Twin Ports shipping season ending with iron ore up, coal and grain downA Canadian power company’s decision to go green resulted in lower waterborne cargo totals passing through the Twin Ports this season, even though iron ore and other cargoes were up.
By: Steve Kuchera, Duluth News Tribune
A Canadian power company’s decision to go green resulted in lower waterborne cargo totals passing through the Twin Ports this season, even though iron ore and other cargoes were up.
The Poe Lock at Sault Ste. Marie, Mich., will close at midnight Wednesday, signifying the end of the Great Lakes shipping season. While the Duluth Seaway Port Authority doesn’t have final numbers for the 2011 shipping season yet, they have a pretty good idea how it will finish.
“We are going to be down about 6 to 7 percent from 2010 numbers,” said Adolph Ojard, Duluth Seaway Port Authority executive director. “The bright spot is iron ore, which is a huge economic driver for the region.”
But while taconite shipments were up this year, coal and grain shipments were down.
Coal is an important cargo in the Twin Ports.
Despite the regional connection of iron ore and the port, the tonnage of coal traveling through the port actually outpaced iron ore in seven of the last 10 shipping seasons, including a six-year run from 2005 through the 2010 season.
This shipping season, however, the tonnage of coal slipped around 20 percent. The reduction was due in large part to Ontario Power Generation’s decision to reduce its orders from 8 million tons to about 300,000 tons. The company is working to phase out the use of coal to produce electricity by the end of 2014, investing in electric and nuclear generation and testing the use of biomass fuels in plants that formerly were fueled with coal.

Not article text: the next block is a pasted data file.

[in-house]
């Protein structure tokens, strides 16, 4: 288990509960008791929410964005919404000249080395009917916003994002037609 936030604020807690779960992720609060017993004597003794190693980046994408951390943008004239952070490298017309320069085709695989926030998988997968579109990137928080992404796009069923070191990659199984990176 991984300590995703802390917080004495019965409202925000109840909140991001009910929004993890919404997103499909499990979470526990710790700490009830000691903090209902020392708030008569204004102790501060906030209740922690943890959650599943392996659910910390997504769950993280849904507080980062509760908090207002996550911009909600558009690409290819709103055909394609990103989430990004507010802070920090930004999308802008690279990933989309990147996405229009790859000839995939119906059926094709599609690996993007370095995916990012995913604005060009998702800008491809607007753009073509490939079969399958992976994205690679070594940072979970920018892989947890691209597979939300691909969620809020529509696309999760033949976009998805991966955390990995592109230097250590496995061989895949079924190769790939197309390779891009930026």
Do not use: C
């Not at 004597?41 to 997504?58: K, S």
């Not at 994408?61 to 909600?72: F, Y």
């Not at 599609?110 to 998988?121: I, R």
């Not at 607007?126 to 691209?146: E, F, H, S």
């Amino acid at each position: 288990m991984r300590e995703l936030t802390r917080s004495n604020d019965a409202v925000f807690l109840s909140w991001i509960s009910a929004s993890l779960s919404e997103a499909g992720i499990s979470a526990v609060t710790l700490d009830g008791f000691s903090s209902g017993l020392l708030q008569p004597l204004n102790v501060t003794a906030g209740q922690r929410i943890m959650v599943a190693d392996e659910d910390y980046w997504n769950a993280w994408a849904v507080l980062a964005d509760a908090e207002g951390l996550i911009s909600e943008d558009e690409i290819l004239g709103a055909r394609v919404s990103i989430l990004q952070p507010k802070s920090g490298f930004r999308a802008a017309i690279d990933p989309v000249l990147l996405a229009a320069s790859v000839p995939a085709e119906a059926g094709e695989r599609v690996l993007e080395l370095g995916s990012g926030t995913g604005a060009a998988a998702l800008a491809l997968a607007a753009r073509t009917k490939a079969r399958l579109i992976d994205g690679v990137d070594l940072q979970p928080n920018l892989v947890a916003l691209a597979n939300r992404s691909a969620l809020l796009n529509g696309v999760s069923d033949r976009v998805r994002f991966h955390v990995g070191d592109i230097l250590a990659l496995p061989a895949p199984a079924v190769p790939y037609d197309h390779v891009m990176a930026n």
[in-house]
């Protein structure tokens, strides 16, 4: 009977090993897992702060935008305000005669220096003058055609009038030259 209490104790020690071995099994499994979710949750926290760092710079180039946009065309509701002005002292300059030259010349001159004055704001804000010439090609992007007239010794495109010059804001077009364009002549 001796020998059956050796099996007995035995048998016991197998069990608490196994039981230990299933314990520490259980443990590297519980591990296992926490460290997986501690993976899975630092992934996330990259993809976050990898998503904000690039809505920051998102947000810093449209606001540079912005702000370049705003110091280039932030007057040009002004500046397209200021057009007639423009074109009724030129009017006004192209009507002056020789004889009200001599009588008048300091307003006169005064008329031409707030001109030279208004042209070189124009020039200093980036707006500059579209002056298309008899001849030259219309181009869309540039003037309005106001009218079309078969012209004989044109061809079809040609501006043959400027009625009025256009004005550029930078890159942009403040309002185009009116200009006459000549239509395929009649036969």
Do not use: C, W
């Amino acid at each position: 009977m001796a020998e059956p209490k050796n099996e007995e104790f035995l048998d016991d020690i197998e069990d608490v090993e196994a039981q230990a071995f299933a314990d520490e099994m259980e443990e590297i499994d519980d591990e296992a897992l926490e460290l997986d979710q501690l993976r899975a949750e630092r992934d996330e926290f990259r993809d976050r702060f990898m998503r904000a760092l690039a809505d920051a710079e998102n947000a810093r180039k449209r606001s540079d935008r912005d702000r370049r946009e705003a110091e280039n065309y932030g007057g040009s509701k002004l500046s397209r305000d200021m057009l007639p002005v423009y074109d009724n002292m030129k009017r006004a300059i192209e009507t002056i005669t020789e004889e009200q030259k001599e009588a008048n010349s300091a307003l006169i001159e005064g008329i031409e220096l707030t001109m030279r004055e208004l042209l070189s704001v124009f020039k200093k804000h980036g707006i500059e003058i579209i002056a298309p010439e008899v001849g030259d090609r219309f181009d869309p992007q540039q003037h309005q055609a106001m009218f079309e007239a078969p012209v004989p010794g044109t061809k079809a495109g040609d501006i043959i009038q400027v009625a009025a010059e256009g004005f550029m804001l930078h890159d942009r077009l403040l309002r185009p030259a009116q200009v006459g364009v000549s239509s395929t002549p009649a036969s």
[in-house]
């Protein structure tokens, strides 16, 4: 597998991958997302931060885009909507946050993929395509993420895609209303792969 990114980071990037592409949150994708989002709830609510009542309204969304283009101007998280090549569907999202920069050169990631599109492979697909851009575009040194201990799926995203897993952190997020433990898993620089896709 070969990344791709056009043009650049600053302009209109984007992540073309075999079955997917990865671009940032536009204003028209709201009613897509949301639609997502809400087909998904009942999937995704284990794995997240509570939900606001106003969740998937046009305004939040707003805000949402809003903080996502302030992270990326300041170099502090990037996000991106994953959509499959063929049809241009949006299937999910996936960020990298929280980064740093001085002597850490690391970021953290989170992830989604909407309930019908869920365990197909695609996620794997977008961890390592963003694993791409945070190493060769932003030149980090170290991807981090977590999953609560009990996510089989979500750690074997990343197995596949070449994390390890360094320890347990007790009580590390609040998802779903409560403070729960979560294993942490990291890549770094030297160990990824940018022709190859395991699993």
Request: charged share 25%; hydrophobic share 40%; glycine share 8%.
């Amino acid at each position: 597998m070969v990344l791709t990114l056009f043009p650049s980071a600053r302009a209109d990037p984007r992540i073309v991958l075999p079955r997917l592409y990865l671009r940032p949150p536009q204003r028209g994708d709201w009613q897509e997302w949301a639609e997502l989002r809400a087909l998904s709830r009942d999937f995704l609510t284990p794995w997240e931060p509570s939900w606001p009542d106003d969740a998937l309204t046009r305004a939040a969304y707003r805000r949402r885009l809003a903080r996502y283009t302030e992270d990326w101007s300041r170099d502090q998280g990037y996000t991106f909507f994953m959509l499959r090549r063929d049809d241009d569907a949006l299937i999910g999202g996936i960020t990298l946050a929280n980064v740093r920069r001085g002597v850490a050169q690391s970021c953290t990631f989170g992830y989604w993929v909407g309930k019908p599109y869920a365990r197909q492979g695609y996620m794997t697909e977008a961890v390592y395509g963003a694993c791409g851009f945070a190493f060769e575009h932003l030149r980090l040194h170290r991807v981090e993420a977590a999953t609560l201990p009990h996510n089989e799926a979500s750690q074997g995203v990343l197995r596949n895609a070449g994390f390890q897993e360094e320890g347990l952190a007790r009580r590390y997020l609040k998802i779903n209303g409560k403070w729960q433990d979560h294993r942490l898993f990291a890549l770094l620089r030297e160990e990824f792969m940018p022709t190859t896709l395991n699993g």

In response to Ontario Power’s decision and other changes in the North American market, Midwest Energy is working to enter new markets. It exported coal to Europe this year and signed a three-year deal to export close to 2 million tons a year to Rotterdam in the Netherlands beginning this year.
Midwest Energy President Fred L. Shusterich said the company is working to develop similar agreements, but so far nothing has come to fruition.
“We are working diligently on that,” he said. “Onward and upward is the way I look at it.”
Midwest Energy’s Superior terminal has an annual capacity of 25 million tons.
Grain shipments also declined this year — dropping by more than 40 percent from 2010.
“In 2010 we benefited from droughts in the Ukraine and floods in Australia,” Ojard said.
This season, by contrast, saw America’s wheat growers hindered by cold and wet weather. Further hurting America’s position in the global grain market was Russia’s decision to lift an export ban.
“Wheat prices in America were relatively high, so we weren’t as competitive,” Ojard said.
More than 16 million tons of iron ore passed through the Twin Ports this season. That is roughly 17 percent more than last year and nearly 100 percent more than the year before, when the recession saw Twin Ports’ iron ore shipments fall to 8.2 million tons from 18.4 million tons in 2008.
“In 2011, production in the iron mines was nearly 39 million tons — very near capacity,” said Craig Pagel, president of the Minnesota Iron Mining Association. “The projection for 2012 is that we will surpass that number. Not only will production be at all-time levels, there are also capital purchases being made to ensure the future of iron mining in Northeast Minnesota.”
The “other” cargoes category also increased this year. Ojard expects to see increases in some areas next season. During this season, for instance, the port received five shiploads of wind turbine components. The port already has commitments for nine shiploads during the next shipping season.
Considering the world economy, “we had a good year,” Ojard said. “Next year will be equally good.”